And so I did, the first time I went grocery shopping in Japan. I passed my shopping bags over to the cashier while I nervously fumbled with my wallet full of unfamiliar currency (so many zeros!!) When I returned home with my provisions, I was vexed to discover that my jars of jam, containers of soy sauce, and bottles of beer were carefully swaddled up in bubble wrap. The French cheese, for which I had combed the city (and paid a small fortune), was bundled first in a layer of saran wrap and them vacuum packed in thick plastic so that it sweated and slimed all it's delicious Frenchness away. My steaks were wrapped in polystyrene trays, then sealed with plastic wrap. A duo of ice packs was added before the whole package was encased in a final layer of plastic. Apples were wrapped individually in Styrofoam mesh lest that they suffer the indecency of a slight bruise. I unpacked my groceries and huffed around, cursing the pointless waste.
Later, as I explored the city on a rainy day, I saw shoppers carefully slide their umbrellas into plastic bags provided at store entrances. And paper bags filled with newly acquired treasures were shrouded in plastic. A disposable raincoat kept the shopping bag, the outer packaging announcing status and luxury, pristinely drip-free. I rolled my eyes and sighed.
It's not just inanimate objects that are packaged just so. People, too, sport a uniform of perfection. Men in perfect dark suits and perfect blue ties. Hipsters clad in perfectly mis-matched patterns and perfectly oversized glasses. Ladies perfectly quaffed with high heals and fake lashes, perfectly attired for a quick trip to the grocery store. And then there’s me, always slightly disheveled and marked with the invariable smear of baby goo. My hair willfully escapes the constricts of it's hair tie, and my eye makeup is slightly smudged. I carry a hit of hint of vagabondery. And in Japan, I am a sore thumb.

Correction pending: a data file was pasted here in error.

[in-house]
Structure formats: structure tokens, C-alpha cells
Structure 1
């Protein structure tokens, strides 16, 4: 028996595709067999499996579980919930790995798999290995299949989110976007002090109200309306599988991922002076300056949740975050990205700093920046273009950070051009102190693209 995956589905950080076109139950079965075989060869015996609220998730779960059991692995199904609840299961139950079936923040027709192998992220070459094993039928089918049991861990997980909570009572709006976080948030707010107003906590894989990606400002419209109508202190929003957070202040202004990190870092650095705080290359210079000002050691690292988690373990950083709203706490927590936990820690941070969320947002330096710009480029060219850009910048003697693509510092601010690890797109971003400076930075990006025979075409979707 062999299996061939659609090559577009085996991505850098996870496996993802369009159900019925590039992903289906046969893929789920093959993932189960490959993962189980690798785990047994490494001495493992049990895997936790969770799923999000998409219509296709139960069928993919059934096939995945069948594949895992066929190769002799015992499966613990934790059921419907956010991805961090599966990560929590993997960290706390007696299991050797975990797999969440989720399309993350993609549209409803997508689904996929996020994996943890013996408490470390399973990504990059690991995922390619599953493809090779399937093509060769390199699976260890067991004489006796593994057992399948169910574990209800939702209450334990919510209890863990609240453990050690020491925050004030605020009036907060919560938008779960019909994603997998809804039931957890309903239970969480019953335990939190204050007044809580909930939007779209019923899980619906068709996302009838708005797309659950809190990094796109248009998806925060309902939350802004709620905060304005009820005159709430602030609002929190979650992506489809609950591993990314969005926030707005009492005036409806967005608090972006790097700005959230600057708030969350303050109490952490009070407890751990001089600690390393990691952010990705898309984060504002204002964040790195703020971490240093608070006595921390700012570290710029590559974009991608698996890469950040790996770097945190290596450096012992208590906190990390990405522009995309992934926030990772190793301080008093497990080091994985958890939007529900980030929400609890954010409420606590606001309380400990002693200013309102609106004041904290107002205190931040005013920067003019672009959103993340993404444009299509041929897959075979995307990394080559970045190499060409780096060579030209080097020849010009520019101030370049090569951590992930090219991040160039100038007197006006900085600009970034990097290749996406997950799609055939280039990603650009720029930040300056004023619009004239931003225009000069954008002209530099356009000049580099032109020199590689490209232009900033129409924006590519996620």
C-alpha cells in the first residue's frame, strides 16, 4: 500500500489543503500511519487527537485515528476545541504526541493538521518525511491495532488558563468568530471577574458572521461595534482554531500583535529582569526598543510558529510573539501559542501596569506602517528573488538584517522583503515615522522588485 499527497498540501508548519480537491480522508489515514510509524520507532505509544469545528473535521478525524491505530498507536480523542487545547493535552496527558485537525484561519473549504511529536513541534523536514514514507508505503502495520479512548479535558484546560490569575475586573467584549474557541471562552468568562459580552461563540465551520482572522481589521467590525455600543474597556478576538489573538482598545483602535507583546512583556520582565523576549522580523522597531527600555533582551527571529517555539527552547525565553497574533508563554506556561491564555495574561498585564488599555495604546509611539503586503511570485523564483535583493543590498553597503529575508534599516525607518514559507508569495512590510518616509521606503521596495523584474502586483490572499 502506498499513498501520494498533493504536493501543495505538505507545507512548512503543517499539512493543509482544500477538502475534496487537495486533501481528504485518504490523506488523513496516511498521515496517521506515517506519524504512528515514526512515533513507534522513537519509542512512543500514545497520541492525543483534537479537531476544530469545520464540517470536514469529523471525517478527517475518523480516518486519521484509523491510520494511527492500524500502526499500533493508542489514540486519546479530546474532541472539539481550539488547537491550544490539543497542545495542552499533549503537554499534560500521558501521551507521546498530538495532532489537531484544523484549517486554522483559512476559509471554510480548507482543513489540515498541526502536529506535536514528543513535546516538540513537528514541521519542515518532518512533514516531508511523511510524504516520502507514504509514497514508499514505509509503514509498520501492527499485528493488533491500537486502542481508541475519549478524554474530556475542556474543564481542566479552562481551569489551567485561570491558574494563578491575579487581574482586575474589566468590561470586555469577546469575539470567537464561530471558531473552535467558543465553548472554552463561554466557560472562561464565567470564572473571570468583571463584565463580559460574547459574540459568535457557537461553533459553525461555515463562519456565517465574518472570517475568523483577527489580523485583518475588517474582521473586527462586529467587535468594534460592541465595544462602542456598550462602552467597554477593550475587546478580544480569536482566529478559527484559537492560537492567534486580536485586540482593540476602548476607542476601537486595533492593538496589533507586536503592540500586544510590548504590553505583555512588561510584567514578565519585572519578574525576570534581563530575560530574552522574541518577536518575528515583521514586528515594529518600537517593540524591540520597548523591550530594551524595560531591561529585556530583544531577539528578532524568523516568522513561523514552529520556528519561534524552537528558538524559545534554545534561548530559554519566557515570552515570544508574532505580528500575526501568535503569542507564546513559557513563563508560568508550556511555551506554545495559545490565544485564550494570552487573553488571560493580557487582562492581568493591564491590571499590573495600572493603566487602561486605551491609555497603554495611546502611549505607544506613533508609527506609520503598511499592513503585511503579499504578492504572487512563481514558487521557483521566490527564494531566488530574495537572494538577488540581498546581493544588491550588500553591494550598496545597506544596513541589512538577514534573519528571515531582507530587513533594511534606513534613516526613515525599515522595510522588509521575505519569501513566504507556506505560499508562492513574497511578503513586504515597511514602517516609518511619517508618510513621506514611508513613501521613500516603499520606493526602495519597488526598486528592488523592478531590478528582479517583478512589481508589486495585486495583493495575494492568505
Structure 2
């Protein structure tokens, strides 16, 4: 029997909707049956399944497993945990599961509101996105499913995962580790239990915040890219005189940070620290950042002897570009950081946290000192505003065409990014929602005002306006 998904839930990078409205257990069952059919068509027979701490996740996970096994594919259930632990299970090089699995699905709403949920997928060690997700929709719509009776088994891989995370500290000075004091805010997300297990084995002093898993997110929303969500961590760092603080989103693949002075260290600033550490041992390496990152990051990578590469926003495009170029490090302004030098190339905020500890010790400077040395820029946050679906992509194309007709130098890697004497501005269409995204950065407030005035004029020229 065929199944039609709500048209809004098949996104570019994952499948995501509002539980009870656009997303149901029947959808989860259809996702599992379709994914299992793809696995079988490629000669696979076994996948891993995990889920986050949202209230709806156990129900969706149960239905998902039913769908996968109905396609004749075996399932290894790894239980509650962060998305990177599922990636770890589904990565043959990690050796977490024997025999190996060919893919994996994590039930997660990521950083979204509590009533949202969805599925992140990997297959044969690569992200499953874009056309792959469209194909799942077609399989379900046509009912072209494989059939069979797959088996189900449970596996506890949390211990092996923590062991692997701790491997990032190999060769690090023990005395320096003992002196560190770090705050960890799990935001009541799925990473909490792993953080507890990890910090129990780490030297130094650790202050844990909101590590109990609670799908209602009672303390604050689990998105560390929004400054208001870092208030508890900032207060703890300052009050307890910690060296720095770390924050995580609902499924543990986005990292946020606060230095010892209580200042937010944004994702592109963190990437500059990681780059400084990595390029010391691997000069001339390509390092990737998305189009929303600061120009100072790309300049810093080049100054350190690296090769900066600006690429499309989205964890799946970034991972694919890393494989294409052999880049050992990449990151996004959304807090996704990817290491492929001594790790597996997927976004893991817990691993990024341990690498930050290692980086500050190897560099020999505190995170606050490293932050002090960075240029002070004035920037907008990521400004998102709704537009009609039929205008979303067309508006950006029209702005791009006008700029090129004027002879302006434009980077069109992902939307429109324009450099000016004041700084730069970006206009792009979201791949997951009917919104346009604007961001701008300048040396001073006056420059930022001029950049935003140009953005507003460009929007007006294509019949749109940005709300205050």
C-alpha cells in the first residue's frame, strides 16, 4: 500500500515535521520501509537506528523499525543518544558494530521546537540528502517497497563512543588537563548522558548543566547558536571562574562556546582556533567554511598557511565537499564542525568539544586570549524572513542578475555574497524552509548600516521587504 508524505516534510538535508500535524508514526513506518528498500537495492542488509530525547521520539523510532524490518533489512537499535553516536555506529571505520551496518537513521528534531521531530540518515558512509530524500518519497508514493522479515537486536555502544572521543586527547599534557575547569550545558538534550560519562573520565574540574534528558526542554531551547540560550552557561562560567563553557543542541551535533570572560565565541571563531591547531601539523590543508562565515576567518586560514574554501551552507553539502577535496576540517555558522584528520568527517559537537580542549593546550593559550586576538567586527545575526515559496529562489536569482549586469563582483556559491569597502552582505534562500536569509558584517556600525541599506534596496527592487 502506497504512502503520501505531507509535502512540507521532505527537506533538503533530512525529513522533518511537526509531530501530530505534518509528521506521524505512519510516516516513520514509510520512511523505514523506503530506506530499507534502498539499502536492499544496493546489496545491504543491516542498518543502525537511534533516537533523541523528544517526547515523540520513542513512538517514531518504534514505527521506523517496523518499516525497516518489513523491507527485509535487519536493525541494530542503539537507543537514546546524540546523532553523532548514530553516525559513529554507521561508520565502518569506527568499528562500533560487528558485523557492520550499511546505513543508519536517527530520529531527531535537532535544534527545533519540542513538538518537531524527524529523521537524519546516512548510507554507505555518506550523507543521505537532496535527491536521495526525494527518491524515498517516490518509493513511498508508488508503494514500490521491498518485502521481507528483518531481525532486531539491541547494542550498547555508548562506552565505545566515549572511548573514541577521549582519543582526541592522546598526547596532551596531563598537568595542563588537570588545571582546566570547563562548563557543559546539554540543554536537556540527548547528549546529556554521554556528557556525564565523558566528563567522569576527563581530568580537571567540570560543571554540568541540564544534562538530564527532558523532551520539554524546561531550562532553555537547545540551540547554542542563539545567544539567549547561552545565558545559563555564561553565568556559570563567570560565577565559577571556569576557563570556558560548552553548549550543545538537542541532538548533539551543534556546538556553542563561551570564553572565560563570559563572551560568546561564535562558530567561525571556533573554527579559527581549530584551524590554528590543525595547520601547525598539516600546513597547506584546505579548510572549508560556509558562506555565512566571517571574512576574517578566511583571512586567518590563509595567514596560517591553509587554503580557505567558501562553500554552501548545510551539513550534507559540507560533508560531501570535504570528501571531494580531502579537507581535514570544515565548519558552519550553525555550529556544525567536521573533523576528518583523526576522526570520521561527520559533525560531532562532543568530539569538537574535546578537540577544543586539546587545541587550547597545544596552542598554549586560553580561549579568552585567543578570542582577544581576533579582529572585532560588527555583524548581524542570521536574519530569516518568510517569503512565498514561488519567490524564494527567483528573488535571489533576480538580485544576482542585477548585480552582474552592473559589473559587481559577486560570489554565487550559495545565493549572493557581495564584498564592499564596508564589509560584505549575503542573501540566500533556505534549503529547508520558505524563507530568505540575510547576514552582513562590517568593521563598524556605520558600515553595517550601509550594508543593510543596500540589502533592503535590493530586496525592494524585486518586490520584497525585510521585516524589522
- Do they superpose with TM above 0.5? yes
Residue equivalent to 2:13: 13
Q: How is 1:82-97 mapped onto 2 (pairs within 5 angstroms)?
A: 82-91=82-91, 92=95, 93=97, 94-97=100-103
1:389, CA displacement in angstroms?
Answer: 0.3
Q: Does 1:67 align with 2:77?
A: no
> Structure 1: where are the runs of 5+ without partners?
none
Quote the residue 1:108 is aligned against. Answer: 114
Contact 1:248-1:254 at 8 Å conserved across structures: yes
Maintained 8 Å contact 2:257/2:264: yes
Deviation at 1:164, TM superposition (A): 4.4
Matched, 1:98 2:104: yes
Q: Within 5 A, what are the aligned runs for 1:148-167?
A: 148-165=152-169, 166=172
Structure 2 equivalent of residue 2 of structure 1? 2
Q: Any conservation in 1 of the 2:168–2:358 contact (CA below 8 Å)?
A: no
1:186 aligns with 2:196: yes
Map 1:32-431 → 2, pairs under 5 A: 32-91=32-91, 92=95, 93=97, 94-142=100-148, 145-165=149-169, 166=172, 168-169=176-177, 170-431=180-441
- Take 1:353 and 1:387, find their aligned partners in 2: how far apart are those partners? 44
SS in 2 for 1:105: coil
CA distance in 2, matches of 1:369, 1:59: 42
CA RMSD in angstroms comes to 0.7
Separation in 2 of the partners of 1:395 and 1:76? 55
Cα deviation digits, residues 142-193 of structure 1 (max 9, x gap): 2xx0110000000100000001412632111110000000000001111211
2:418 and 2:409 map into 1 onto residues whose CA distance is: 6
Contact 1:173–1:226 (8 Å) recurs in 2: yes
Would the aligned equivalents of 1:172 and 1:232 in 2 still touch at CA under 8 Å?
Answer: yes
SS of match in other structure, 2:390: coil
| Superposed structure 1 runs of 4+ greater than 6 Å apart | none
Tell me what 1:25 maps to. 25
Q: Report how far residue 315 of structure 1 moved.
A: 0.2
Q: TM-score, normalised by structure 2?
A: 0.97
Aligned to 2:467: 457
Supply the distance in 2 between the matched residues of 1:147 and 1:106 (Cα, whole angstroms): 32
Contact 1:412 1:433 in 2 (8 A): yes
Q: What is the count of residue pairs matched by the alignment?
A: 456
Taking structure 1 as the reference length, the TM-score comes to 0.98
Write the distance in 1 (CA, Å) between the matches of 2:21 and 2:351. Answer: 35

And so, it is like this that I show up at the grocery store. Standing in line behind a perfectly manicured woman who pulls out a designer wallet from her designer bag and completes her transaction elegantly and without incident. I follow, rooting through my purse (with its requisite splotch of unknown provenance on the front) to extract my reusable bags. I stretch to hold onto my daughter with one hand at the same time as I try to mime "no bubble wrap" and "hold the ice packs". I decline the prestigious shopping bags emblazoned with fancy grocery store branding and hand over my rumpled eco-bags while I shrink from side-eyes from the my fellow shoppers, real or imagined.
You see, this is just who I am: a slightly disheveled, semi-tree hugging, rebellious, and perpetually disorganized eschewer of convention. And in this way, I'll always be annoyed by the excessive packaging in Japan, just as the Japanese will always be annoyed at my inability to package myself appropriately. Still, with a Christmas gift exchange to shop for this week, you can bet that I’ll be asking for a gift box. And wrapping. And throw on a little plastic shopping bag raincoat to keep everything looking good, arigato gozaimasu.
Tis the season for sharing so why not tell us some of your own gripes, irritations and downright annoyances from life lived abroad. Don't be shy. Let it all out.

No Bubble Wrap, Thank You

NorthSouthEastWest: Expat Dispatches
Image: digitalart portfolio 2280 freedigitalphotos.net